How To Act Smart In Meetings

How To Act Smart In Meetings

Do you have an important meeting coming you, and you don`t want to mess it up?

Follow these easy guidelines and boost your career!

Whether you are chairing a meeting or merely participating it is important to be across the Agenda and have done some research into ‘actions’ from the previous meeting. The best meetings are usually when tasks have been allocated, carried out by committee members, and bought back to the meeting for discussion and hopefully, finalization, passing, and closing agenda items will enable us to move on, and we all want closure.


A meeting is an essential gathering of key people, that allows us to exchange information and make decisions. If you were not knowledgable and informed on the topics covered in the meeting you would not be on the meeting committee. Meetings can get very bogged down if they lack a decisive chairman/woman, so to make the best decisions it is important to set a time limit of the meeting, 1 hour is long enough.

Since lockdown virtual meetings have been taking place on Zoom and Skype these are time-saving, and once people adjust to them they may well continue.

In some workplaces, meetings are almost daily, and the higher up in management you are the more meetings you will be required to attend. In one workplace the job description required the Manager to attend 20 regular monthly meetings, and you would have to be really careful not to mix them up! That is too many meetings for one person to be mentally available for.


  • Pool and develop ideas
  • To solve problems
  • Plan for future
  • Decision making
  • Create and develop an understanding
  • Provide a sense of direction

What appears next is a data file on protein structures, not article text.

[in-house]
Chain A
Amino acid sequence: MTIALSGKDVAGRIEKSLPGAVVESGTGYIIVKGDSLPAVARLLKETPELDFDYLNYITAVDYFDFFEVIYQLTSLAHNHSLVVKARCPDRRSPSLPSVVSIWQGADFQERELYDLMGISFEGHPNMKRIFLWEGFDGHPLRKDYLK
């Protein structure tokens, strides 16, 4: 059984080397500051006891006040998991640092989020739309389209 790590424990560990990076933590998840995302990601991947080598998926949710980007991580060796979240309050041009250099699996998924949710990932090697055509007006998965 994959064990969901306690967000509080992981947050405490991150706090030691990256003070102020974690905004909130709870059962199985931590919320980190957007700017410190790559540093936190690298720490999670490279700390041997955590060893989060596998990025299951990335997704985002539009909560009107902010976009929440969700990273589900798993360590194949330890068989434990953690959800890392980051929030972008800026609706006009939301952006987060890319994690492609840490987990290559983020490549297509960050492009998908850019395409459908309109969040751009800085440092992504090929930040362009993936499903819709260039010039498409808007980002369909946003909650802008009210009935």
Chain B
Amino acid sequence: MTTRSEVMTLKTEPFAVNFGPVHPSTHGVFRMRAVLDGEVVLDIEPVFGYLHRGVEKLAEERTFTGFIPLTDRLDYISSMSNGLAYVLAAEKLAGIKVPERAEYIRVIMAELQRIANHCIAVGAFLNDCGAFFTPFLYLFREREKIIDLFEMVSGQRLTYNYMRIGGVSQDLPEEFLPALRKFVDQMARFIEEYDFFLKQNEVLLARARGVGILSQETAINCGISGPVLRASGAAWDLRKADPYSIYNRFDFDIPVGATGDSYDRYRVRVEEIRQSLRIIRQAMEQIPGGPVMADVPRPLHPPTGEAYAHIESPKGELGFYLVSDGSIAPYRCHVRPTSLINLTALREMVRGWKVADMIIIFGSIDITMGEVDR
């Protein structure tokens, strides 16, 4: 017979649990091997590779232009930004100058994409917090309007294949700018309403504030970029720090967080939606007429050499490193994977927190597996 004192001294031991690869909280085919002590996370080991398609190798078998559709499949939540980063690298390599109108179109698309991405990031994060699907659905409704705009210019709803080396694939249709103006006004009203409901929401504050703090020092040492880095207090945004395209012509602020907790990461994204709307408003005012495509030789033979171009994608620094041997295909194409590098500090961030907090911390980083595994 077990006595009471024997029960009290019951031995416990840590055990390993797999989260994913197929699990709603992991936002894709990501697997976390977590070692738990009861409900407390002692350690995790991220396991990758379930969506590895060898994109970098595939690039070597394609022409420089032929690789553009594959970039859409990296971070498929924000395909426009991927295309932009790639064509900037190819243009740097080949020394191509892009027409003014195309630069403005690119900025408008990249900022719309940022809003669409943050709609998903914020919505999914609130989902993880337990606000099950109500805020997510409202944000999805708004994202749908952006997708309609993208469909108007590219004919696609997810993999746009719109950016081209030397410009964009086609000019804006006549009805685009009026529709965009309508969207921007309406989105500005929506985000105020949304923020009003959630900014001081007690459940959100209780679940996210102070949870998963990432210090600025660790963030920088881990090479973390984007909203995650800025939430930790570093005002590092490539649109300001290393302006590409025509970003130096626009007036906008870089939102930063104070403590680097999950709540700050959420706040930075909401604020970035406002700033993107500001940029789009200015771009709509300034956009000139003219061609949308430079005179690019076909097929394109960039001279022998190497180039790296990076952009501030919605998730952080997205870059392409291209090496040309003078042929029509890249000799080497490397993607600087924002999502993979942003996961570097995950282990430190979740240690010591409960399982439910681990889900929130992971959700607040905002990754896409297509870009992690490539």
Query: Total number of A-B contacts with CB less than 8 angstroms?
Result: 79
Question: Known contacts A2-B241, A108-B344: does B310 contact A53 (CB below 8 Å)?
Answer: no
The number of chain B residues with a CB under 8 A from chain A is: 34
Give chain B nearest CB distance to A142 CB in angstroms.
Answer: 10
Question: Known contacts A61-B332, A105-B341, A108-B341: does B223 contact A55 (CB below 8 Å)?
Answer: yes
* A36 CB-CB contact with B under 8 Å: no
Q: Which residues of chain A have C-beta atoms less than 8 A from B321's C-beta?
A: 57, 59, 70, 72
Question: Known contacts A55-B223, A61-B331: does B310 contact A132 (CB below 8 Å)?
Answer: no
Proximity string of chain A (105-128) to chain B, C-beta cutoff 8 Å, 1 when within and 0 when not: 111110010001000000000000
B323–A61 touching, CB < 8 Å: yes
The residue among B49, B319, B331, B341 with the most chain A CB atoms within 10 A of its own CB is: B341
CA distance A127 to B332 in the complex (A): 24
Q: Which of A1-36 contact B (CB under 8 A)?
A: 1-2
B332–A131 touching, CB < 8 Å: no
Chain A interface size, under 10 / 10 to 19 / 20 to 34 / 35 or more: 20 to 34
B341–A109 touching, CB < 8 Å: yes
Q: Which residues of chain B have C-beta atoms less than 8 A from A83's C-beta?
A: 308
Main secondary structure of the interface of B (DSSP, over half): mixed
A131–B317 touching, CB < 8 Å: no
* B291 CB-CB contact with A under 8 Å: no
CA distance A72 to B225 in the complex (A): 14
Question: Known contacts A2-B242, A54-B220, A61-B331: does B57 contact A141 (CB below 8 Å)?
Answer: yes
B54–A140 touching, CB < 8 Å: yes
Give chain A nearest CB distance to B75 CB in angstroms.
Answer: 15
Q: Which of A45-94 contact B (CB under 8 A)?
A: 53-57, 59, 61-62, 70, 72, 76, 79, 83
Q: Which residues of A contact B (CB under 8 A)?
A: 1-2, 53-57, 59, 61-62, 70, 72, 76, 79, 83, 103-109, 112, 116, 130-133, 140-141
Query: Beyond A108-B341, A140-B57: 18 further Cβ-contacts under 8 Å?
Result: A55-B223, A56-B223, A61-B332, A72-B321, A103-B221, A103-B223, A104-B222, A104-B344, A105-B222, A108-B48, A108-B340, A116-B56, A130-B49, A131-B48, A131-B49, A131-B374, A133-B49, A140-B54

• Encourage initiative
  • Create a cohesive common purpose.


  • Content, bring your knowledge, experience, and information to the meeting.
  • Interaction is based on how the participants work together to deal with the content of the meeting. This requires respect and participation.
  • Structure is the way the information is organized.
  • Outcomes, when an item or problem on the agenda is closed and has a result it is removed from the agenda.


Meetings perform the following functions:

  • Information
  • Consultation
  • Problem-solving
  • Decision making

Nearly all meetings combine the above functions, and the problem-solving aspect can be drawn out and dependent on consultation.


Prior preparation is very important as the success of the meeting and decisions made often depend on it. The chairperson is also important as they are the person who either keeps proceedings moving along or allows them to get bogged down.

The role of the chairperson is:

  • Limit and control discussion of agenda subjects, and encourage participants to stay on task.
  • To develop and encourage harmony.
  • Motivate people to contribute.
  • Before the meeting starts the chairperson should remind the group of the purpose( this helps anyone new).
  • Some agenda items may be ‘standing items’, and these should be discussed quickly.